You can find sound facilities like Light Rail Studios in most major markets, typically in the warehouse district. Affordable lockout rehearsal spaces for local bands, sometimes a shooting or concert stage, a facility wired for sound and all types of production, including video. Often there is a recording studio, ranging anywhere from duct-taped wiring to full-on professional. These types of facilities, often unnoticed, occupy a core place in the music and recording industry, exposing countless musicians to their first taste of real technology, but more importantly, serving as a hub where creative musicians, engineers and budding producers first come together and feed off of each other.
Light Rail Studios, in one form or another, has been that kind of place in San Francisco since 1994, when Elton Cunniffe hooked up with a couple of friends in the basement of a three-story Victorian in the Haight district. There was a Tascam 4-track, later a Yamaha PM1000 console, and a bunch of music gear. Their friends were artists and musicians. It was mostly making records and staging events, back then, and the studio would get upgraded and grow over the years as they changed spaces. In late 2010, after building out a 20,000 square-foot space with a live room, control room, two production rooms and 36 rehearsal spaces, they took the name Light Rail Studios.
Being in today’s San Francisco, art, high-tech, digital content creation, manipulation, distribution and e-commerce sales are in Light Rails’s DNA. But the basis has always been music, with an analog mindset. The recording studio was founded in 1992 and has been central to the operation ever since, from that original Tascam 4-track to the MCI JH600/Otari MTR combo, and on to today, with a Gamble DCX 60 console, with digital control over 60 Class-A inputs, in Studio A.
Cunniffe, a producer/engineer and one of the owners of Light Rail, says that he knew his clientele would appreciate the best of both worlds. “A lot of projects we see today are self-financed by musicians or by their fans, who have already been down the road of trying to record themselves and know the value of recording in a professional studio,” he says. “They expect us to find the best-sounding equipment, to have the best-sounding room, and on an engineering/producing level, to work fast and creatively.” A friend, engineer Armando Torbinder, recommended the DCX 60.
“Of course I new the name, being from the Bay Area music scene, but had thought of Jim Gamble’s mixing boards as more of a live mixing desk than a recording studio console,” Cunniffe says. “I had always thought the Euphonix CS2000 to be an interesting desk both in sound and concept, and being designed and built in the Bay Area was a plus. Naturally, I was intrigued by the idea of a hand-built Gamble that was digitally controlled but still an analog mixing console under the hood.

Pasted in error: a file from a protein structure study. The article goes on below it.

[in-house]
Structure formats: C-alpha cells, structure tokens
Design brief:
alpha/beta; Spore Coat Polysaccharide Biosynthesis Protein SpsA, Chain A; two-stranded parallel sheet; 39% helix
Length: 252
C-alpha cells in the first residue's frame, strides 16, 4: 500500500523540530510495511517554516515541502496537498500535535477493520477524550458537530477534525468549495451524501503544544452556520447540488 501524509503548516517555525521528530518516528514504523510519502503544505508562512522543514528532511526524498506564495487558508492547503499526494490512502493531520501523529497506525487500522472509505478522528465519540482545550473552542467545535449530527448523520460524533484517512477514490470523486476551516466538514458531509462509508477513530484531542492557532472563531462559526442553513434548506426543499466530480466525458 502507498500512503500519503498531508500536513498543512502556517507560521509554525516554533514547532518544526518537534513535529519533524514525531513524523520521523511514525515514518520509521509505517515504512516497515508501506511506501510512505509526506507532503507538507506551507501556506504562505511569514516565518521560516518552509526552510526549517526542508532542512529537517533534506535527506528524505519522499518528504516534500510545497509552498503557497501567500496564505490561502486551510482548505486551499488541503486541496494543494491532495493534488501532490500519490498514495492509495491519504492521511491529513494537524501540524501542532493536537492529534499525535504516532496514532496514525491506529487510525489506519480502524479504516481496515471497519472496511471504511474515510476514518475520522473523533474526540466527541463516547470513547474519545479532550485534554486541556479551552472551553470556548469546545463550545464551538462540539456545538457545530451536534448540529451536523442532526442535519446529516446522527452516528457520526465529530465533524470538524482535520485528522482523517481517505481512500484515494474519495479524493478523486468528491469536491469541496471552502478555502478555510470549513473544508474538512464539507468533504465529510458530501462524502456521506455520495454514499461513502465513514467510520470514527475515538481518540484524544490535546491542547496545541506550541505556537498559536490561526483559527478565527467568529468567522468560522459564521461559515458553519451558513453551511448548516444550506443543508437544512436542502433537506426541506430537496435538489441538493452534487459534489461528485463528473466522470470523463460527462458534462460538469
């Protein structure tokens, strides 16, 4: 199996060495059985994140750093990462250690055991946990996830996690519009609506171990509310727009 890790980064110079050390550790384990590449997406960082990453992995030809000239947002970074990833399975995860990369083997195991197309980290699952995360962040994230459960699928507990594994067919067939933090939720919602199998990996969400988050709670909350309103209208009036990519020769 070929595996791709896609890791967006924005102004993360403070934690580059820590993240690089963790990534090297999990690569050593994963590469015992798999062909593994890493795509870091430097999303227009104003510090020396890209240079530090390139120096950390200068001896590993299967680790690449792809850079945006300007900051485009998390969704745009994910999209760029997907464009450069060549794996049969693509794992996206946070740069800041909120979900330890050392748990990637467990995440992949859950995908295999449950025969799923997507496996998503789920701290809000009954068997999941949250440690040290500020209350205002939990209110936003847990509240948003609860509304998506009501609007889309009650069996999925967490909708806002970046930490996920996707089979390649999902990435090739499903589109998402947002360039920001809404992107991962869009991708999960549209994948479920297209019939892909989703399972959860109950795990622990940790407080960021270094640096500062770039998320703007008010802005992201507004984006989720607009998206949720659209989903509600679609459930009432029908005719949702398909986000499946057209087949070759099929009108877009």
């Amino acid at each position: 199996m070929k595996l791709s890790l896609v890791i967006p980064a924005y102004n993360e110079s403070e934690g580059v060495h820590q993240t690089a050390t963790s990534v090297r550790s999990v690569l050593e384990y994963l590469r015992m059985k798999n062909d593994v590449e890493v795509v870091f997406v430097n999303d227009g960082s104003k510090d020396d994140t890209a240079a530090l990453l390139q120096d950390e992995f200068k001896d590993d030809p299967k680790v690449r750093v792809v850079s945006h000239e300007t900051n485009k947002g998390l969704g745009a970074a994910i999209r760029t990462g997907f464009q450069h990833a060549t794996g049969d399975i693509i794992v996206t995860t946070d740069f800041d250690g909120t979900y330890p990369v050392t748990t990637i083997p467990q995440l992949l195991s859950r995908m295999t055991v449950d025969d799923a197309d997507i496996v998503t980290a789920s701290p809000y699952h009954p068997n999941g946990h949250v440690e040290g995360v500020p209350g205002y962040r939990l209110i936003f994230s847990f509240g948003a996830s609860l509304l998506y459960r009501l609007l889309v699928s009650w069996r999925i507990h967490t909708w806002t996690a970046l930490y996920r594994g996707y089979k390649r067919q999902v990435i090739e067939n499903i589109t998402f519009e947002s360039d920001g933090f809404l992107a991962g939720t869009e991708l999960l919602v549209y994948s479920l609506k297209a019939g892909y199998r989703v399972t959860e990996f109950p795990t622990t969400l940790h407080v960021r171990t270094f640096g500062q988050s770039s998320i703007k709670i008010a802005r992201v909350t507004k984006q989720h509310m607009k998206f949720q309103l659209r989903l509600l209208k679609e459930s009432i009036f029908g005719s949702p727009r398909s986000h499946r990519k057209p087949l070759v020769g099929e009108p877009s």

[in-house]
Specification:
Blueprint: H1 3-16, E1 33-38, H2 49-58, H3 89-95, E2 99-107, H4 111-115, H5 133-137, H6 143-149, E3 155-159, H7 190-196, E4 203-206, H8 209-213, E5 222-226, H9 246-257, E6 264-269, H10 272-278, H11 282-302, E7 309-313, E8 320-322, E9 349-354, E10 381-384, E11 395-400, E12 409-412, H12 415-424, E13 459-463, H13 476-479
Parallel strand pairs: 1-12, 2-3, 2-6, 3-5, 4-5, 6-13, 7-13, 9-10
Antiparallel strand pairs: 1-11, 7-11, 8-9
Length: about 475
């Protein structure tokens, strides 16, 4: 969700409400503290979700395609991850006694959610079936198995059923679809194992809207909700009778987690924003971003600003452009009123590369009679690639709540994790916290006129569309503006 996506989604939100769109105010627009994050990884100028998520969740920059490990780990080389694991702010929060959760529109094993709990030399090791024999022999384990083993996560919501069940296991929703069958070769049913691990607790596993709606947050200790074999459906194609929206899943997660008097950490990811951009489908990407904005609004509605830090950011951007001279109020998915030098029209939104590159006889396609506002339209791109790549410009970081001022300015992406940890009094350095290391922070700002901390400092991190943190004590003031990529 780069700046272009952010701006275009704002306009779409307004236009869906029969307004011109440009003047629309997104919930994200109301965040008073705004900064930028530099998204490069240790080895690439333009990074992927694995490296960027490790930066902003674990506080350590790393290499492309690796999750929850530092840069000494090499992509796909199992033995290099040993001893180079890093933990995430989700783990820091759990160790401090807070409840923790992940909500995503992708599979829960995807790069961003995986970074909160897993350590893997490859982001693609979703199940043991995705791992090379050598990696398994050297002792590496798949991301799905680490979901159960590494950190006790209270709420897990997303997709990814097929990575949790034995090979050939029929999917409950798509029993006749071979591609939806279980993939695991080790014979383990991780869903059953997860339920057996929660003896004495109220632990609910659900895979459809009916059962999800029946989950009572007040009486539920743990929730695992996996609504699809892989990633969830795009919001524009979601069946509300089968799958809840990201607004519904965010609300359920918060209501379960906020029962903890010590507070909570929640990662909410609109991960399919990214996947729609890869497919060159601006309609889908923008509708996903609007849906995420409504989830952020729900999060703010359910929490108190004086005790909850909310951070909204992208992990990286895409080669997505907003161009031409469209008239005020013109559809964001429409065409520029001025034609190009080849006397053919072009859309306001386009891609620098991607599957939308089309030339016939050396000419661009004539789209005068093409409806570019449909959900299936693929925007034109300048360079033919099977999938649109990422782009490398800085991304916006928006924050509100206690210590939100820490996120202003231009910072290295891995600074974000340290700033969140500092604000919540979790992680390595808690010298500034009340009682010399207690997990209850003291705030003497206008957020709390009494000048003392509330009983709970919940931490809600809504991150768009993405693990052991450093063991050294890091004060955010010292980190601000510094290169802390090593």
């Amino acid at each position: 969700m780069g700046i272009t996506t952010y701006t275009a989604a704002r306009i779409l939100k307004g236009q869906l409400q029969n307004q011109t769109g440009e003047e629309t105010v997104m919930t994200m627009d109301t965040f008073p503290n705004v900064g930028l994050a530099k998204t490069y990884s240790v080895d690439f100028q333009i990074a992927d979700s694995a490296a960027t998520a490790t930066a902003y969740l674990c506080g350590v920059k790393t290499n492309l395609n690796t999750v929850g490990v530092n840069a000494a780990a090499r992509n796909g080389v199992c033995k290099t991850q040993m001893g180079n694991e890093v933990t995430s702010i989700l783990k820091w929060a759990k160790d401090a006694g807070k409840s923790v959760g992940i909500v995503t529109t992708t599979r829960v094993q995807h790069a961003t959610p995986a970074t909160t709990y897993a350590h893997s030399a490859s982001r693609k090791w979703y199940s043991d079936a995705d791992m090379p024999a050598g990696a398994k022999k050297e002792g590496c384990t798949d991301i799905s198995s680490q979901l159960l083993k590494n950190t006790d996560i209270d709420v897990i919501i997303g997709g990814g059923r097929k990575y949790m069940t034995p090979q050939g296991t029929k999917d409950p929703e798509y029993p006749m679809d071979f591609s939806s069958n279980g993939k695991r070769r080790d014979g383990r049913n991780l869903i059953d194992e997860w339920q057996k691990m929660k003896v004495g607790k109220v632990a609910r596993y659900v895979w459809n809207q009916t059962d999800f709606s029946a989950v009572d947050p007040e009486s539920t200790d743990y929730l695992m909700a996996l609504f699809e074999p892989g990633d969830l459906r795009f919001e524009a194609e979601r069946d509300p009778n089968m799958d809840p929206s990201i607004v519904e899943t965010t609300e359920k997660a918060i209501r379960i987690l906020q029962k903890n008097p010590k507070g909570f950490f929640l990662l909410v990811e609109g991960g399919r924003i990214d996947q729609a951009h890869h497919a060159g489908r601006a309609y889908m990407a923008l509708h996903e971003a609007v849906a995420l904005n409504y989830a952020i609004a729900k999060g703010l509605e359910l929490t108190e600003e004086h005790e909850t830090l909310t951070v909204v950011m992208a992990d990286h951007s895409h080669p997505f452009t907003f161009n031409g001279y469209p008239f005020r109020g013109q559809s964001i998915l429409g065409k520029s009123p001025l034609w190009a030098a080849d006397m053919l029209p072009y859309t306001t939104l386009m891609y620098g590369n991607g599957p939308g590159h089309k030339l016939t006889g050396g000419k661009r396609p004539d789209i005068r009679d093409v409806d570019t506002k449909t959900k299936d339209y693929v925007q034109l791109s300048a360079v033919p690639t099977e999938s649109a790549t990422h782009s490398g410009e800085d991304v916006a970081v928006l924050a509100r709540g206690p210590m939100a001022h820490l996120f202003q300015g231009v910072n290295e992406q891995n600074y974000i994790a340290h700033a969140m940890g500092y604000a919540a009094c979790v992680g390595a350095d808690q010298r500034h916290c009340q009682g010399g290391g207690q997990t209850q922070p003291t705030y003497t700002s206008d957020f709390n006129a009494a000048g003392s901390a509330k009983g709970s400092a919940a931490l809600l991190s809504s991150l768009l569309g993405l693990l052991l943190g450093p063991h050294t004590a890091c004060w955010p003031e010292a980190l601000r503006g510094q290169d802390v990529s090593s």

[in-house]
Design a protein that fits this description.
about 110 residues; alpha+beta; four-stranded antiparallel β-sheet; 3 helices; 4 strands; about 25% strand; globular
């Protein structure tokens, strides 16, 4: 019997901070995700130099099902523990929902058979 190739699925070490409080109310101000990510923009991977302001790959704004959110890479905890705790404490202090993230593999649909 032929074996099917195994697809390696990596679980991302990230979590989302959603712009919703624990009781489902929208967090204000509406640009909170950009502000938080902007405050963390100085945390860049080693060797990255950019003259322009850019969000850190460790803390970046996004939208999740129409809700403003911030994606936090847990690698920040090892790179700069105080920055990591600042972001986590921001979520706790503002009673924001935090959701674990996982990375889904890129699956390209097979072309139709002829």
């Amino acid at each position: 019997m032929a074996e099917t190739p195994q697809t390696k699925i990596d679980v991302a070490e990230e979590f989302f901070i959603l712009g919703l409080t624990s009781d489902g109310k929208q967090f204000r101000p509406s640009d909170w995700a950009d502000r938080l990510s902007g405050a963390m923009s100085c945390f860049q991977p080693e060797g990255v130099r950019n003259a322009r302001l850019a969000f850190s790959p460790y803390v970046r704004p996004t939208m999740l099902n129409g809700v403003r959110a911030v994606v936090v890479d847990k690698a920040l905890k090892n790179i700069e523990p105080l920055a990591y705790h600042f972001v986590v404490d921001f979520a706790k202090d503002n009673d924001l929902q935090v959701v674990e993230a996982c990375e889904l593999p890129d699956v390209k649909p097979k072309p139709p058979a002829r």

“Initially it was the bus and matrix system that had me excited,” he continues. “It was far more expansive than our venerable 600 series MCI desk. But then it became about the sound. We had started mixing in the box with the advent of Pro Tools HD but were increasingly dissatisfied by the sound—but the automation and recall were critically important. The DCX gave the studio the flexibility of total recall of mixes but also allowed us to mix through an analog console. It had the headroom and the summing capability to handle 60-plus channels on the mixdown, and for the first time we were able to integrate our extensive collection of outboard limiters, compressors, reverb plates and effects units.
“A lot of the old gear is noisy and full of color and adds a lot to the recordings, but having the Gamble gives us a large-format analog mixing desk in a small footprint with compression and EQ on every channel—and the ability to save mixes for recall, which is critical when you have a busy studio with multiple engineers and producers working on lots of different projects during the week.”
In 2012, Light Rail Studios acquired an original 38-channel Trident A-Range to complement a large collection of Neve, Seimens, Langevin, etc. preamps and outboard gear, an extensive instrument collection, and the Meyer HD-1 monitoring.
Light Rail Studios will continue adding and expanding to accommodate all things audio and to play a part in the San Francisco scene. There are local artists on the walls of the gallery, community-based operas to be written, bands to record and release. “Don’t compromise; it’s you’re art!” Cunniffe concludes. “Your record deserves to sound great!”